Officials demand scorecards from academies

18th January 2013 at 00:00
Heads' leaders condemn `heavy-handed' performance monitoring

Academies that are struggling to hit exam targets are coming under intense scrutiny from the government after they were told to submit detailed performance scorecards to officials every six weeks.

The Department for Education has requested the information from around 100 secondary academies that it believes are in danger of dropping below the floor target of 40 per cent of pupils obtaining five A*-C GCSEs, including maths and English. The move is the most widespread intervention by ministers so far into the performance of academies, which have been heavily promoted by the government as key to driving school improvement.

Figures released earlier this month showed that almost 60 per cent of secondary schools have now converted to academy status or are in the process of converting, making them directly answerable to the DfE.

Ministers have championed the extra autonomy given to academies, but heads' leaders say they now face more intense scrutiny than struggling schools that have not converted. The Association of School and College Leaders (ASCL) has accused the DfE of monitoring academies more closely than failing schools placed in special measures.

The scorecards ask for up-to-date data on everything from pupil attainment and attendance to exclusion rates. Academies are also expected to rate their performance in categories such as finance, admissions and the quality of lessons as either "excellent", "good", "adequate" or "of concern", broadly equivalent to Ofsted's four grades.

Heads are also asked to evaluate the "daily operation of school", with the options ranging from "good systems, runs smoothly" to "reactive, many `incidents'".

"It's an extraordinarily detailed intervention," said ASCL general secretary Brian Lightman. "It is asking for far more information than anything from the local authority or an inspection for a school in special measures. It strikes me as a very bureaucratic, heavy-handed approach.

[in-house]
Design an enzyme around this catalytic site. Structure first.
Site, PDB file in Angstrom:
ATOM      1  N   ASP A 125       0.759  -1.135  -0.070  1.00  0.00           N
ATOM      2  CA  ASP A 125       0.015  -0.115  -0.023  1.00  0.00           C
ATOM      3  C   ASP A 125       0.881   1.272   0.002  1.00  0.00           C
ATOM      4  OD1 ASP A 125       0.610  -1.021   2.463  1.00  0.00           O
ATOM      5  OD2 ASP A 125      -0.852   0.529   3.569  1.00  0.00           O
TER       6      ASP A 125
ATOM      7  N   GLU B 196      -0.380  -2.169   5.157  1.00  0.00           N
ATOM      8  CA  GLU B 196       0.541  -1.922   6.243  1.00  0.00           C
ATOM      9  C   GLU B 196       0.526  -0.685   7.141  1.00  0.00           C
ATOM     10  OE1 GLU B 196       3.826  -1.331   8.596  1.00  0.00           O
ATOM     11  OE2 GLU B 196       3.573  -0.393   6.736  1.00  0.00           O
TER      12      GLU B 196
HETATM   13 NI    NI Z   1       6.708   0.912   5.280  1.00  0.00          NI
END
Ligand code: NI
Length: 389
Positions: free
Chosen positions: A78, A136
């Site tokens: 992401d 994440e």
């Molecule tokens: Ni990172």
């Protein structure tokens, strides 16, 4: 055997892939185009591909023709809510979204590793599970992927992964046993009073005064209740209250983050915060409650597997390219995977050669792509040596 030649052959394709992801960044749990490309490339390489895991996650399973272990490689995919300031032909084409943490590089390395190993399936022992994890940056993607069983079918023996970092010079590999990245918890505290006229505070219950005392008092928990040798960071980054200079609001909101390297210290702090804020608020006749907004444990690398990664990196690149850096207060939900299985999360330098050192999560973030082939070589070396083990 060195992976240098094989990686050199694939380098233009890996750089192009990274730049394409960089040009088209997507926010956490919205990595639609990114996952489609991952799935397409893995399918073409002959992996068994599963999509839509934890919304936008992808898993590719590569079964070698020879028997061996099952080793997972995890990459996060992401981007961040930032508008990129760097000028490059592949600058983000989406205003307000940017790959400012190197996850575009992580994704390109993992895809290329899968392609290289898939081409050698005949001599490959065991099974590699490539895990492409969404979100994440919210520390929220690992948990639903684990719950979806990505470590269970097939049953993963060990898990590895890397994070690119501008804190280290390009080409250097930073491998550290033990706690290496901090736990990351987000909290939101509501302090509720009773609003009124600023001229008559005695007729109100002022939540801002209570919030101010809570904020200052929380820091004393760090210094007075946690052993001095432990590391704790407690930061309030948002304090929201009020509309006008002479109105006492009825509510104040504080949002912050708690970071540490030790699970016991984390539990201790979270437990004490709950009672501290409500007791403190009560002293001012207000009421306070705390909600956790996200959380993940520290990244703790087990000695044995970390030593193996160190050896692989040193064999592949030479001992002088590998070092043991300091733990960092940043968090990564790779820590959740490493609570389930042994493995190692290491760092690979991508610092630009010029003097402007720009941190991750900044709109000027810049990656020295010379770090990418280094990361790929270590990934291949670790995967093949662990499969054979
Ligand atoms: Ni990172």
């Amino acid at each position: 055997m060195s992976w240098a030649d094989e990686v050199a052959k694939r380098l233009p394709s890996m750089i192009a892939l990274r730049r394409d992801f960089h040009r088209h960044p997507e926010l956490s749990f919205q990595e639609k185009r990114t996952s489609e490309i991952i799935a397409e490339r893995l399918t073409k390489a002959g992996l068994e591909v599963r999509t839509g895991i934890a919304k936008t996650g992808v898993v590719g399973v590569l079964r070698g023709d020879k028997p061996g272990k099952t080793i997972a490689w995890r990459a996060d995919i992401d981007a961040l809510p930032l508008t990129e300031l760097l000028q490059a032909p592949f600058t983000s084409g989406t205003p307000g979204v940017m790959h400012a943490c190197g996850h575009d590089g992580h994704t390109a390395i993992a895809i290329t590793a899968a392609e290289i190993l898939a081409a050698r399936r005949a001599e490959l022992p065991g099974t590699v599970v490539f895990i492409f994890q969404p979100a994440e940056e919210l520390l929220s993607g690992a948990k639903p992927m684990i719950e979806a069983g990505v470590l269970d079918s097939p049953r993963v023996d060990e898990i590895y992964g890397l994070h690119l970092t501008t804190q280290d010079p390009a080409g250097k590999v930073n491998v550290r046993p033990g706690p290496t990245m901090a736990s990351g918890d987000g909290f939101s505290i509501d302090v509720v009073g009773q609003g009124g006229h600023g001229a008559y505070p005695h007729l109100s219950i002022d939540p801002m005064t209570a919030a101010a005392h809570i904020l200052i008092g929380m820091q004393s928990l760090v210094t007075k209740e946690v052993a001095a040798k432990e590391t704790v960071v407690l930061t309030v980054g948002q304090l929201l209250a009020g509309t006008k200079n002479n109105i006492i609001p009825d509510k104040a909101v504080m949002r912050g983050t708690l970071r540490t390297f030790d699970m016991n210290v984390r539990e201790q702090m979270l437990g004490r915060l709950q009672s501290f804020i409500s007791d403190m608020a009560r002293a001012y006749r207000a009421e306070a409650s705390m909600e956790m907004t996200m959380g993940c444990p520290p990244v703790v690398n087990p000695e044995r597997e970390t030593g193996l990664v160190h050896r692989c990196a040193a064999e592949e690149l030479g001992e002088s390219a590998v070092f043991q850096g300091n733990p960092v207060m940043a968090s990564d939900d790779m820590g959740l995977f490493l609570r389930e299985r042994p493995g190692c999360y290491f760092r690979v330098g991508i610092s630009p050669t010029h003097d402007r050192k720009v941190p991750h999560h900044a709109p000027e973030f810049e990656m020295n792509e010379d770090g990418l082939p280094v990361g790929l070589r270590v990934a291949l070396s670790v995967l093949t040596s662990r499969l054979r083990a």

"Some of the indicators would not change in the course of six weeks. What a struggling school needs is support to improve, rather than to fill in lots of forms and report data. If there are issues in a school it needs to be monitored, but in one particular case the school had just been rated `good' in an inspection."

Russell Hobby, general secretary of heads' union the NAHT, said the DfE wanted to avoid the embarrassment of criticism being directed at its flagship academy programme because of underperformance, but warned that the process could be "counterproductive".

"It's something the government has to be seen to be getting quite tough on," said Mr Hobby. "I can see why they're putting pressure on academies but there is a pace to school improvement. Some schools are not sure they want to complete (the scorecard). I think they can choose to refuse to complete it but it depends whether that's the message they want to send out."

Debate about how the performance of academies should be monitored is ongoing. Ofsted chief inspector Sir Michael Wilshaw has said that he wants the watchdog to inspect increasingly powerful academy chains. But education secretary Michael Gove has said he does not want to add another layer of "bureaucracy" by introducing a "middle tier" between central government and academies.

A spokesman for the DfE confirmed that under the scorecard initiative, it could approach "any academy that we might have concerns about" to take part, but that there were no set criteria that triggered the monitoring.

New Charter Academy in Ashton-under-Lyne, Greater Manchester, has not yet been asked to submit a scorecard, despite its GCSE results dipping 1 per cent below the floor target last year.

"Any academy that is vulnerable to dropping below the floor target is already working extremely hard to raise standards," said principal Stephen Ball. "This would be a very unwelcome deflection from what we're trying to do. Michael Gove has spoken about wanting to reduce bureaucracy and trust heads to do their jobs - this seems to fly in the face of that.

"People can already feel the breath of the bull on their backs; this won't incentivise them to do anything they are not already doing."

A spokesman for the DfE said: "We haven't received any concerns from academies about scorecards, and some have said they find this process useful. The data we ask for should be readily available and is requested on a six-weekly basis to fit in with the majority of academies' own internal data collection.

"We are responsible for monitoring the performance of academies and must challenge and support those that are below, or at risk of falling below, the floor standards."

Academy explosion

Total number of academies:

  • 203 May 2010
  • 629 April 2011
  • 1,070 August 2011
  • 1,957 July 2012
  • 2,619 January 2013
    • Crossing sectors

      Number of academies by type:

      • 974 Primary
      • 1,584 Secondary
      • 1 PRU
      • 116-19
      • 59 Special schools.
        • Original headline: Officials demand scorecards from struggling academies

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